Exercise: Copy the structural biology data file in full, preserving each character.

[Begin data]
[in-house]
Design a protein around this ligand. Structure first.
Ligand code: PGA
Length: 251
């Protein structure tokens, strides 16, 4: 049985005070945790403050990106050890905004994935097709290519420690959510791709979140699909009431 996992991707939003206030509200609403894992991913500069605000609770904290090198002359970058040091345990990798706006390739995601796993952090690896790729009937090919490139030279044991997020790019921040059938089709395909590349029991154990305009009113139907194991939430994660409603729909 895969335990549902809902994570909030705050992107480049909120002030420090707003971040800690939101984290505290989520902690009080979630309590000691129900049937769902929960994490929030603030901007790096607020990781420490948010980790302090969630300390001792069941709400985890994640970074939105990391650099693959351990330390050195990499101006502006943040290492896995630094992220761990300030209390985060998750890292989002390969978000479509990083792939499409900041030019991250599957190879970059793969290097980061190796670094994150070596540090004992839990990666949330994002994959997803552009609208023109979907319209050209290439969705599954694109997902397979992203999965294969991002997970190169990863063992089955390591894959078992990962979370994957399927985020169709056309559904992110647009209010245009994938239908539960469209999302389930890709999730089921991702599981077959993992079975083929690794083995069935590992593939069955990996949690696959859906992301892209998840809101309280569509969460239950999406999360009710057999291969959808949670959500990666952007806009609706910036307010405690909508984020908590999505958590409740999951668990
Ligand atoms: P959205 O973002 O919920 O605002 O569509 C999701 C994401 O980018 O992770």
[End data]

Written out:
[in-house]
Design a protein around this ligand. Structure first.
Ligand code: PGA
Length: 251
């Protein structure tokens, strides 16, 4: 049985005070945790403050990106050890905004994935097709290519420690959510791709979140699909009431 996992991707939003206030509200609403894992991913500069605000609770904290090198002359970058040091345990990798706006390739995601796993952090690896790729009937090919490139030279044991997020790019921040059938089709395909590349029991154990305009009113139907194991939430994660409603729909 895969335990549902809902994570909030705050992107480049909120002030420090707003971040800690939101984290505290989520902690009080979630309590000691129900049937769902929960994490929030603030901007790096607020990781420490948010980790302090969630300390001792069941709400985890994640970074939105990391650099693959351990330390050195990499101006502006943040290492896995630094992220761990300030209390985060998750890292989002390969978000479509990083792939499409900041030019991250599957190879970059793969290097980061190796670094994150070596540090004992839990990666949330994002994959997803552009609208023109979907319209050209290439969705599954694109997902397979992203999965294969991002997970190169990863063992089955390591894959078992990962979370994957399927985020169709056309559904992110647009209010245009994938239908539960469209999302389930890709999730089921991702599981077959993992079975083929690794083995069935590992593939069955990996949690696959859906992301892209998840809101309280569509969460239950999406999360009710057999291969959808949670959500990666952007806009609706910036307010405690909508984020908590999505958590409740999951668990
Ligand atoms: P959205 O973002 O919920 O605002 O569509 C999701 C994401 O980018 O992770």